Columbia’s Bakken Discusses Visualization, Health Equity
Viewers expecting scientific sonnets and iambic pentameter were inspired instead by insights into another art form—nursing research. Columbia University’s Dr. Suzanne Bakken discussed “Implications of Poetical Science for Advancing Health Equity through Information Visualization,” a recent installment in the National Library of Medicine’s Ada Lovelace Lecture Series.
“Division between art and science is artificial,” said Bakken, explaining the concept of poetical science that the series’ namesake developed to emphasize how vital intuition and imaging are in mathematics and science. “I’m using Lovelace’s word ‘intuition,’ although I am more inclined to call it ‘incredibly fast information processing.’ Three key features that we would all recognize as science are observation, interpretation and integration.”
Senior investigator Dr. David Landsman, chief of the Computational Biology Branch in the National Center for Biotechnology Information at NLM, introduced the series. He described Lovelace as the “first computer programmer.”
A daughter of the British peerage who became a visionary mathematician, she discovered that a computer, or “analytical engine,” as such devices had come to be called in those days, could follow a sequence of instructions—a program—to make complex calculations. In addition, Lovelace theorized, the devices could work with things other than numbers.
“She certainly was a very early prophet of the computer age,” Landsman said.
Lovelace, who died at age 36 in 1852, wrote the first algorithm, or series of instructions specifically designed to be followed by a machine.
Landsman said the lecture series “emphasizes NLM’s research focus on computational innovation across biomedical science as a means towards improved health and a better understanding of biology and medicine.”
Bakken, alumni professor of nursing and professor of biomedical informatics at Columbia and director of the NINR-funded Precision in Symptom Self-Management (PriSSM) Center at Columbia’s School of Nursing, had been scheduled to kick off the new series in person last March. Due to Covid safety measures, her lecture was postponed and delivered virtually.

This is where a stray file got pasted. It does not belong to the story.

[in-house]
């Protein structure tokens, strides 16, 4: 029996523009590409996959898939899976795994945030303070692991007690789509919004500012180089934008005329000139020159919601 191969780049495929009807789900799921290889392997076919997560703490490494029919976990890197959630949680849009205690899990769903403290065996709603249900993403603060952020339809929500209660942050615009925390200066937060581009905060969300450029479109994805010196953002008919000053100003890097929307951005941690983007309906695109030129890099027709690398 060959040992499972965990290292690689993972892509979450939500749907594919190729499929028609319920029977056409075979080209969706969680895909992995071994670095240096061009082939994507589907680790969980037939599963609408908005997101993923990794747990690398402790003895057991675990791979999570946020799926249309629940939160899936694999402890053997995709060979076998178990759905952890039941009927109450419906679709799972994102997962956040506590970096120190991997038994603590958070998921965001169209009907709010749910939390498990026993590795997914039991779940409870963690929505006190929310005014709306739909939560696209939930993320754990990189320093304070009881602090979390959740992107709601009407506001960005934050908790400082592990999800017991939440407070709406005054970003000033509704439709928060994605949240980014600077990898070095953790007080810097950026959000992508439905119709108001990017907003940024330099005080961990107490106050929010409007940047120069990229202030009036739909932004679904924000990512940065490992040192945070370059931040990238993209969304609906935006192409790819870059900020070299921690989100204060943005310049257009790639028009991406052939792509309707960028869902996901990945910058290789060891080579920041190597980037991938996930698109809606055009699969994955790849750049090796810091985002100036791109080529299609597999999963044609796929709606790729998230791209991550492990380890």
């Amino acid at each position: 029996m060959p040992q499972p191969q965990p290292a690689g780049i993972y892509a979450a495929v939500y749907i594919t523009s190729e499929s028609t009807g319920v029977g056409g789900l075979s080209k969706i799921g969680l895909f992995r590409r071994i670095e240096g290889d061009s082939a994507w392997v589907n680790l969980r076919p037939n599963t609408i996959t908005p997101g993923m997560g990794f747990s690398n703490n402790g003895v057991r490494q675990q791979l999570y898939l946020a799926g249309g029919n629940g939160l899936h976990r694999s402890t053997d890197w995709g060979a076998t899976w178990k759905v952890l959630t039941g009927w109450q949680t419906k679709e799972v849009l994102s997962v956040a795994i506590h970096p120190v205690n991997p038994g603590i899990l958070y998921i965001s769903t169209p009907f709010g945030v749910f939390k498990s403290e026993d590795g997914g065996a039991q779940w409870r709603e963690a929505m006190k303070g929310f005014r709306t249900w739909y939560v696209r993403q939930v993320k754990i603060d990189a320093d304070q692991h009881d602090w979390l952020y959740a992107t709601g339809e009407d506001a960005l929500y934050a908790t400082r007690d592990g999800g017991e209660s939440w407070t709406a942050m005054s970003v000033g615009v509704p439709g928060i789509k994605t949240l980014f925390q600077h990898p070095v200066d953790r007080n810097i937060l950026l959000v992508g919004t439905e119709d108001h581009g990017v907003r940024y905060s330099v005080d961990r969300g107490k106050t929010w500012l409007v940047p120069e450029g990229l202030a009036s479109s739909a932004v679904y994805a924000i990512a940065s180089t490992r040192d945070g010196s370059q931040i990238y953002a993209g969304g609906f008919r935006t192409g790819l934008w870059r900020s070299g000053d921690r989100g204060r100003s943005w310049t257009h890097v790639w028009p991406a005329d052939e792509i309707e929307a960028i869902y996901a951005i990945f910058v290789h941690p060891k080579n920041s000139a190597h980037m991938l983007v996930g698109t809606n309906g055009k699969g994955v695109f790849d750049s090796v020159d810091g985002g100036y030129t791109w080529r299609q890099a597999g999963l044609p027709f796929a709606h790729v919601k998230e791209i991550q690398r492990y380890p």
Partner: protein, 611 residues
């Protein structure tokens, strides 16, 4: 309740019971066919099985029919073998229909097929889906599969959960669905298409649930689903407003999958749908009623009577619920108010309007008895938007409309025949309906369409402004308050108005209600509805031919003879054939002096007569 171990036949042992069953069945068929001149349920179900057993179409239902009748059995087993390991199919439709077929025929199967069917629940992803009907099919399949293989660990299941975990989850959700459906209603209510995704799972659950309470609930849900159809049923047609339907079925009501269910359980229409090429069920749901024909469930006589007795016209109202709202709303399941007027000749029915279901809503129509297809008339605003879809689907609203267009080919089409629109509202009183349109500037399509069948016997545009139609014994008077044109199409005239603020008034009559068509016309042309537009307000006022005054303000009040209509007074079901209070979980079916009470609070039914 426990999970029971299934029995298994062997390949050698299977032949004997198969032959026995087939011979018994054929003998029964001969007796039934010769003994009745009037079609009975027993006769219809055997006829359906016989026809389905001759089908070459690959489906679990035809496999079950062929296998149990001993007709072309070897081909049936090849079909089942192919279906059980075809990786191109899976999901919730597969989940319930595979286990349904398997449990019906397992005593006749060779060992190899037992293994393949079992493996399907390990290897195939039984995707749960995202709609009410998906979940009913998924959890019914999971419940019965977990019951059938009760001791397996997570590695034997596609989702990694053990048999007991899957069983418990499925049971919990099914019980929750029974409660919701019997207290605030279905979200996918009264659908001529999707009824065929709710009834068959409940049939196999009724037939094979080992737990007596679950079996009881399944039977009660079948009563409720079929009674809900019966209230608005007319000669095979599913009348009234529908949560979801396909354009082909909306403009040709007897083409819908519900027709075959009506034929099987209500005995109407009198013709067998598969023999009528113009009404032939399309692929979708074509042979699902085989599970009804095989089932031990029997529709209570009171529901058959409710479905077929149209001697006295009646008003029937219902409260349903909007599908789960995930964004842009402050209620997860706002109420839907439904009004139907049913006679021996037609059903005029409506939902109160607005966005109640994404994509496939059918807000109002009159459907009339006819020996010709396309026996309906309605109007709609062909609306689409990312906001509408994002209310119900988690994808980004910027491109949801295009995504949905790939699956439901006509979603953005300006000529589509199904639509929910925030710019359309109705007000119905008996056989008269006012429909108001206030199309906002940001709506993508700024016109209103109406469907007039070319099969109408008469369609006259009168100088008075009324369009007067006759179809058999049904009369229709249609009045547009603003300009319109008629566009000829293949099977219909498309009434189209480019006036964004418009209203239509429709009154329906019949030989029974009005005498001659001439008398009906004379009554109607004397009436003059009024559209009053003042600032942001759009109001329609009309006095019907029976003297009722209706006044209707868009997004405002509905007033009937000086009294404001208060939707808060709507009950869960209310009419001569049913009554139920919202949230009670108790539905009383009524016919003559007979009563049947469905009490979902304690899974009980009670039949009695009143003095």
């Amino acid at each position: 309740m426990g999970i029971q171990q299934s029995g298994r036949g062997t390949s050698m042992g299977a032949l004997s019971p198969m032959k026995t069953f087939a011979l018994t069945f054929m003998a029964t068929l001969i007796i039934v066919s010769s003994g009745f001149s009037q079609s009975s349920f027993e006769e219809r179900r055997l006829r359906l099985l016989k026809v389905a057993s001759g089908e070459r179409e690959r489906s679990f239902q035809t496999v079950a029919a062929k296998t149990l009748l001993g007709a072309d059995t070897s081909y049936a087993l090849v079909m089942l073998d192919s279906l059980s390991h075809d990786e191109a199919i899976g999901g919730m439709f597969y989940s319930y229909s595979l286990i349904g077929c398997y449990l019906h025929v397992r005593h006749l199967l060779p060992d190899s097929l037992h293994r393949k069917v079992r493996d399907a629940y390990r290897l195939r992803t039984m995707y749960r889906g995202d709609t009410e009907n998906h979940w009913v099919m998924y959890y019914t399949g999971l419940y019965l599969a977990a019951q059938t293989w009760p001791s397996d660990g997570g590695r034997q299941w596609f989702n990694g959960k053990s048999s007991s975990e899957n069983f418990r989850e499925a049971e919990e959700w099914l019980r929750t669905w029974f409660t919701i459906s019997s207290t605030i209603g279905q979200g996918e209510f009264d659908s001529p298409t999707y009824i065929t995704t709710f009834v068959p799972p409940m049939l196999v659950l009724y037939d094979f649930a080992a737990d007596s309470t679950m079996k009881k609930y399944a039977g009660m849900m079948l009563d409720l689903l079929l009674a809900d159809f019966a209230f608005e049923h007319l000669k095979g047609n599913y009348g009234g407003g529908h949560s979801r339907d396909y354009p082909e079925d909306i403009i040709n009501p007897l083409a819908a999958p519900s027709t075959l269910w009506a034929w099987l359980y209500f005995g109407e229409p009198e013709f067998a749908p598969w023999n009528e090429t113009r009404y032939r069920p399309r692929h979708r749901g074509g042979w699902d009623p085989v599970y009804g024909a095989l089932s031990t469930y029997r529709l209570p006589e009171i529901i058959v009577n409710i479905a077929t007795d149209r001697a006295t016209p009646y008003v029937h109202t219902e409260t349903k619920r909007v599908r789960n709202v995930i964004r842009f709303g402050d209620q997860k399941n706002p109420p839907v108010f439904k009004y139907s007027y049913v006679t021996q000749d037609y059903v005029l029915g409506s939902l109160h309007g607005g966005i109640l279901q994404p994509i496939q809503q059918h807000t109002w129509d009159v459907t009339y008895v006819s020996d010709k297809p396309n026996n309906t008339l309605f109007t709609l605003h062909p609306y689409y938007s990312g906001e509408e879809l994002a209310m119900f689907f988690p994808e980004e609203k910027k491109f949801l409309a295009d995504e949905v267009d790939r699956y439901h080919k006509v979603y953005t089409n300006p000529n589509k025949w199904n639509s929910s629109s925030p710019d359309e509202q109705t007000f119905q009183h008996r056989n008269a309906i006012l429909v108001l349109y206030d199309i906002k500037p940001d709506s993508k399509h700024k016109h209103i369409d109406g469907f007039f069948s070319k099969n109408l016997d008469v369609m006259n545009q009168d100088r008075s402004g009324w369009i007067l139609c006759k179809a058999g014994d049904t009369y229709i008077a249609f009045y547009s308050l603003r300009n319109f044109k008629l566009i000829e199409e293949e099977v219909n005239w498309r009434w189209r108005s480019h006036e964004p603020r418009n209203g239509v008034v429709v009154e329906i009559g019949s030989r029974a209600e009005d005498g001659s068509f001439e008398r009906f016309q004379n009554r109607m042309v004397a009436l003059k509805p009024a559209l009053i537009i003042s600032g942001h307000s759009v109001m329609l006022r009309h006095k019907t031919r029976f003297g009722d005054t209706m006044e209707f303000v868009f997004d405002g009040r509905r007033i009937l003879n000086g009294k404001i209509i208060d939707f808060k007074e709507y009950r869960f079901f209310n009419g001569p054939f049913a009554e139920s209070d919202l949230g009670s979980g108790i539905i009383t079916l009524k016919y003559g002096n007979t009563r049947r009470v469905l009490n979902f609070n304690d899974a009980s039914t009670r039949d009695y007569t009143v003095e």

For more than 30 years, Bakken’s research has focused on the intersection of informatics and health equity. NIMH, NCATS, NCI and NLM also have funded her work.
Bakken said that although her connection to Lovelace may not be immediately obvious—20th century American farm girl versus 19th century British nobility, nurse versus mathematician—there was much common ground between them: Both Lovelace and Bakken grew up as bookworms and both as scientists were never satisfied with their own understanding of a topic, no matter how deep that comprehension might seem.
They also shared an acute observational skill that they employed in their research, Bakken pointed out.
Lovelace once observed a Jacquard loom work and its pattern tapestry punch cards, Bakken said. The mathematician then imagined applying similar principles to a device invented by her scientific mentor and colleague, computer pioneer Charles Babbage. “She thought about the analytical machine as the weaving of algebraic equations,” Bakken said.
An NIH grantee since the mid-1990s, Bakken talked about integrating key observations from her own early career as a nurse and nursing science researcher at the University of California, San Francisco. For the last couple of decades, her studies have focused on advancing health equity in urban Latino populations through information visualization.
In her lecture, Bakken emphasized the importance of representing what nurses do in a computable manner, of using information technology as an extension of nursing practice and of involving end-users in design of tools and interventions. She realized the substantial effects within the community she served.
“It was clear that people with low health literacy and poor digital literacy—and many disparities related to what we now call ‘social determinants of health’—are able to access and use digital resources if they have sufficient training,” she said.
By the time Bakken reached Columbia and communities in New York City, she was incorporating health literacy and health communication into her research goals.
“I wanted to figure out what every advance practice nurse should know about informatics,” she said, acknowledging the ultra-ambitious goal. How could nurses integrate informatics into their practice and what kind of programs could prepare nurse scientists in interdisciplinary informatics research? “I wanted to build the best program in the world to do that.”
From lessons learned during her community-engaged research projects, Bakken listed four audiences that always should receive results and key messages: scientists, clinicians, research participants and other patients/community members, and policymakers—local, regional, state and national.
“We can’t just talk to scientists,” she noted.
Summing up, Bakken said her research has confirmed Lovelace’s idea of poetical science and “the importance of intuition and image—including metaphors and analogies—in science…Information visualization is a critical component of health-literate, culturally congruent communication. Effective visual communication can contribute to both downstream and upstream health equity interventions through reducing differences in impact of social, economic and health consequences, vulnerabilities and resources.”
You can view the full lecture at https://videocast.nih.gov/watch=40070.